WHAT READERS SAY

Seize the moment

In my case it was my father to whom I wrote as my mother was dead. It was not easy, but it was a wonderful release. It forced him to acknowledge me. It began the process of sorting out our relationship. It took ages to get him to even agree that I had a point, but in the end he did. My only regret is that he died before we could complete the journey together, but we were much closer than we would otherwise have been.

Did it upset him? Of course it did. But that was his problem. I realised that my debt to myself was more important than my concern for his feelings. That lifetime subordination of feeling was at the heart of the problem - it had suppressed and belittled me.

Once I finally rebelled against it, I began to feel better. Counselling was no longer necessary. I was free at last.

Nicolette, this is the moment. Be strong. Seize it. Make it happen. Engage. Write that first letter. You will never regret it.

PETER MORGAN

Durham

Spare yourself the guilt

Don't post that letter. I did and it caused a lot of pain on both sides. My parents were baffled by my views - they felt that they had done the best for me in difficult circumstances.

Telling your parents how you feel won't benefit your mental health, it will just make you feel guilty and possibly worse than before.

Go ahead and write down your feelings - then burn the letters.

GINA GORDON

Leeds

No one has ideal parents

My advice to Nicolette is to immediately stop seeing her counsellor. With the money she saves she could have a great night out with her best mate at her local pub, and tell her friend what rotten parents she had. I guarantee that her friend will then tell her that her own mother and father were far from ideal. The two of them could then discuss how they themselves would be perfect parents with angelic children.

I failed my own children at times, but we love each other.

RUTH ANGUS

Bath

They're odd, not you

In order to move forward you have to let go of the past. By encouraging you to challenge your parents' past behaviour in the form of a letter, your counsellor is trying to help you see this. If you don't tell your parents what they have done, they will carry on behaving in the same way, and you will continue with this burden and not get on with your life. Your parents may not change but you can.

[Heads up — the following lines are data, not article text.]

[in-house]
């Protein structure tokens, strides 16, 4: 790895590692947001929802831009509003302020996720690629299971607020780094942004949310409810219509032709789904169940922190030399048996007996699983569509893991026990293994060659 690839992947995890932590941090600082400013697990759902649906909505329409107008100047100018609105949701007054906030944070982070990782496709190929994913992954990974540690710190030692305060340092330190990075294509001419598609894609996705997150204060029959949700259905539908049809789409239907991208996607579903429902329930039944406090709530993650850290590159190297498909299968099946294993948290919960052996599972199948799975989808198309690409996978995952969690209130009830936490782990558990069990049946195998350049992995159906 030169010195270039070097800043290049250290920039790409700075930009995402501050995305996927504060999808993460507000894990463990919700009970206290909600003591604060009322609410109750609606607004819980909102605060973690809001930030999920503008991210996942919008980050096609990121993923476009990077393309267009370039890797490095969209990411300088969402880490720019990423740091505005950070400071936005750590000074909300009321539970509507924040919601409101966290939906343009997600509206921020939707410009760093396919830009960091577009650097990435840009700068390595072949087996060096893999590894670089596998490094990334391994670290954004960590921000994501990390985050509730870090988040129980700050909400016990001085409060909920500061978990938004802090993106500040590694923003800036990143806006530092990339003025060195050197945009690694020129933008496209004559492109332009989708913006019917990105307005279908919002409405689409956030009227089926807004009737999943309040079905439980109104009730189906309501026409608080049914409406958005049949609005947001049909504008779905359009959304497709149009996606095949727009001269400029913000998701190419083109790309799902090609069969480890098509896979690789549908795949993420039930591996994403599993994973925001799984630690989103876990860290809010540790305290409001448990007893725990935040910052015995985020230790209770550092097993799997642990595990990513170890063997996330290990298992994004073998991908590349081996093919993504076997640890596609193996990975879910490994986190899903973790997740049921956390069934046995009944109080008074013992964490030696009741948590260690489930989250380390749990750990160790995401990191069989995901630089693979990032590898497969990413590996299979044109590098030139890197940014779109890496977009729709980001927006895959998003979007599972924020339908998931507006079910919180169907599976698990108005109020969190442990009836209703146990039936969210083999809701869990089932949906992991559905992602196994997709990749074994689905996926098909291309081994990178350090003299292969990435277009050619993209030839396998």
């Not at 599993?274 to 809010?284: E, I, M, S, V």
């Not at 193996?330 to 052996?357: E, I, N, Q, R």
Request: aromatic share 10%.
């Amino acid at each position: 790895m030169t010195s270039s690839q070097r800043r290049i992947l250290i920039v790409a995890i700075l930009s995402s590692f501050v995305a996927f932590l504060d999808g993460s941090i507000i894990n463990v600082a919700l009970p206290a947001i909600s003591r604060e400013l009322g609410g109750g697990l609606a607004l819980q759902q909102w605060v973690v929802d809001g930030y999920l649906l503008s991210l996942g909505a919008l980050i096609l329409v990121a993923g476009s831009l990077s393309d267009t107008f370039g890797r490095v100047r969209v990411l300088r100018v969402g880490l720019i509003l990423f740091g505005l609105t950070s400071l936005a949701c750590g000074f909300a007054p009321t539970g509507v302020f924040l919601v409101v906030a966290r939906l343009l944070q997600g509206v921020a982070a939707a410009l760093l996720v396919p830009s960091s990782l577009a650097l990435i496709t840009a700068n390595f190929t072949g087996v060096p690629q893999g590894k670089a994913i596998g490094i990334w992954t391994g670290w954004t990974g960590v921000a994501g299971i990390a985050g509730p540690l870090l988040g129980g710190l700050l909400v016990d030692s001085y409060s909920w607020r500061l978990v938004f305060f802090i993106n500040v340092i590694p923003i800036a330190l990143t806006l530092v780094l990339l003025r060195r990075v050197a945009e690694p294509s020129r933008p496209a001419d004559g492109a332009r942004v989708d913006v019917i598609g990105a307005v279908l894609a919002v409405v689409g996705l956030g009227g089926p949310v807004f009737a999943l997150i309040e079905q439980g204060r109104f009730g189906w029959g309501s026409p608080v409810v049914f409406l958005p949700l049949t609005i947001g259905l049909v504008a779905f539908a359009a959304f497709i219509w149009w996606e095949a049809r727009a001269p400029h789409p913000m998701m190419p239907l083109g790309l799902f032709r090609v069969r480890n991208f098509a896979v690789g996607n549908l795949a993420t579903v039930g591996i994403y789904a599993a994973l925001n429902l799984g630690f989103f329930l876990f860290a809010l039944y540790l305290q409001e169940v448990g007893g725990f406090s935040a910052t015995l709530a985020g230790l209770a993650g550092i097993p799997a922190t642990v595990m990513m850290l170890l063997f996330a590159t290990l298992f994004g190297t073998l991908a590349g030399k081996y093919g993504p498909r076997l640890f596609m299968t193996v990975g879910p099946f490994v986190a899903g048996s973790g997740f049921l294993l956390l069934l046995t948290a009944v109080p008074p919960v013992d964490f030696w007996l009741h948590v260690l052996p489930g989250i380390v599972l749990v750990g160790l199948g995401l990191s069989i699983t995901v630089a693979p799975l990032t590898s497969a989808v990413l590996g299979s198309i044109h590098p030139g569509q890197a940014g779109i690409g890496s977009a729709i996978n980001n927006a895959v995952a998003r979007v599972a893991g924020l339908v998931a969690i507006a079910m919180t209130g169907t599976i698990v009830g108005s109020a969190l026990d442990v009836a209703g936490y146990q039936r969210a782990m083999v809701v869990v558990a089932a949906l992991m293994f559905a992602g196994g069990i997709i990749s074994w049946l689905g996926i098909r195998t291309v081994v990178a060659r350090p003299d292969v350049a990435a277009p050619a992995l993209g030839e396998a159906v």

I am nearly 29 and both my parents suffer from psychiatric disorders and have done some terrible things. Thanks to a counsellor I have learned to have the courage to stand strong against them.

Go on - post the letter. Take one step at a time and you'll find the strength comes to you naturally. They are the ones who are odd - not you. When you realise this you'll wonder why you wasted so much time. I do.

JO HAMMOND

Leicester

I would be shattered

I left my sons, aged five and three, with their father when we divorced in 1965 and, although they came back to live with me as teenagers, I suffered from enormous guilt, and still do, at this desertion of them. They are now in their thirties, both very successful, and they assure me that what happened to them as children was part of life and any unhappiness they may have experienced as adults is not my fault; they are responsible for their own lives now.

If they were to write me a letter such as Nicolette's counsellor advises, I would be totally shattered - we can only do the best we can as parents, and often that best is not good enough. For Nicolette's parents to be told, out of the blue, that they handled her badly would be terribly cruel. She should tear up the letter - surely writing it has been cathartic enough!

KATHARINE ODGERS

Hove, E Sussex

I needed to shock them